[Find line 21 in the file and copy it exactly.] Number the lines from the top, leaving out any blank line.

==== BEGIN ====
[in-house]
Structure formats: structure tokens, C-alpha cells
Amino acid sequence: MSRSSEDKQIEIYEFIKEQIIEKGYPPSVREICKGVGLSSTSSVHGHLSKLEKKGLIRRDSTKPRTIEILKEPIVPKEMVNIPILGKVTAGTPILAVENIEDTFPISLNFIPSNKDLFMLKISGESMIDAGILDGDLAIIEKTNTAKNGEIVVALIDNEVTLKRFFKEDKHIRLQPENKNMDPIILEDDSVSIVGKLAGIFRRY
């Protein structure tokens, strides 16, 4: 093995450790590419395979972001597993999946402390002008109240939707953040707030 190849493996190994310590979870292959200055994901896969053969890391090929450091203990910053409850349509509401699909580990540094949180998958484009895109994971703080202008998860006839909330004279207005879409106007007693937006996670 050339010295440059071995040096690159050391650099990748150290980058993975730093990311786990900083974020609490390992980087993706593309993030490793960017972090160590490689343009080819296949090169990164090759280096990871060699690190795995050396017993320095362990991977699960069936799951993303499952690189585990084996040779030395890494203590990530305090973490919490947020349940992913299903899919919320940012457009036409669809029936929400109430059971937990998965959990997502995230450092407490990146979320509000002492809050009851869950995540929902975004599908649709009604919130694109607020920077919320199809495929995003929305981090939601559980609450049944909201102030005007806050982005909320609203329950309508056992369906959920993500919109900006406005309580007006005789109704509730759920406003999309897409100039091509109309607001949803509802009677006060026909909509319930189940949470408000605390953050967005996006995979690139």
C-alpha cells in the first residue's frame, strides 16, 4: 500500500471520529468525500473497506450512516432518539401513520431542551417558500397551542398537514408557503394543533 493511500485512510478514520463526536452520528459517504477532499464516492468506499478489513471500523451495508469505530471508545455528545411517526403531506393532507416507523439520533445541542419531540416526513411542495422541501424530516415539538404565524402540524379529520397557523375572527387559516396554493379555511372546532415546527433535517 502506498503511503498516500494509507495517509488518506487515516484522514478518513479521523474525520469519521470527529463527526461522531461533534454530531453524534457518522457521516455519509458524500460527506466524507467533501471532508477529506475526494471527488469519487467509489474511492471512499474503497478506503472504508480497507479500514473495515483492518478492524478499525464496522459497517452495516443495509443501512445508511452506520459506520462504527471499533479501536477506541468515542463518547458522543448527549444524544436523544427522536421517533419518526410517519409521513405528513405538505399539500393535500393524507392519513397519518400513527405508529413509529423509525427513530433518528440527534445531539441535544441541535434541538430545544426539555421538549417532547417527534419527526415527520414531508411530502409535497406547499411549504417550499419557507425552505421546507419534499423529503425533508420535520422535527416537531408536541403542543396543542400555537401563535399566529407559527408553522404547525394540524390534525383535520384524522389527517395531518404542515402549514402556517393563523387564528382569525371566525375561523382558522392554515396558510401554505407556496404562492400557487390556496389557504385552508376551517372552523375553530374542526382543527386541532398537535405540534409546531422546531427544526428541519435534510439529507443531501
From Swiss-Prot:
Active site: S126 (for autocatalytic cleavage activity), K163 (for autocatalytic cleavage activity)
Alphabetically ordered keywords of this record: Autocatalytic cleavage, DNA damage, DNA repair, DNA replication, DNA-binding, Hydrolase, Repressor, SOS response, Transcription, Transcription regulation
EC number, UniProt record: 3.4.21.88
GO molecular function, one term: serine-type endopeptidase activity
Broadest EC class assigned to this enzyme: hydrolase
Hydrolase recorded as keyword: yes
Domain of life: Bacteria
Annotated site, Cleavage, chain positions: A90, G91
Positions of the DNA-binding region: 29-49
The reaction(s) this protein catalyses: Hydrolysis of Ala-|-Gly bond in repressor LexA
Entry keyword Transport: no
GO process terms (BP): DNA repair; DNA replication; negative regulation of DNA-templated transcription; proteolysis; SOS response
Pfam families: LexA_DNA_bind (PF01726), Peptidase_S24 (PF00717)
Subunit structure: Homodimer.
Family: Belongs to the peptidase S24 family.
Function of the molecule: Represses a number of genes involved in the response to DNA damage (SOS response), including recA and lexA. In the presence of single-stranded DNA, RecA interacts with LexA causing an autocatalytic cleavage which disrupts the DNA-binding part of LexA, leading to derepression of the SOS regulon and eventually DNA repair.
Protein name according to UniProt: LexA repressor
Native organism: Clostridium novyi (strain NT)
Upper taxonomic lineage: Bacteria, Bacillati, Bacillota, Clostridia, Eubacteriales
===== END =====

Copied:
Family: Belongs to the peptidase S24 family.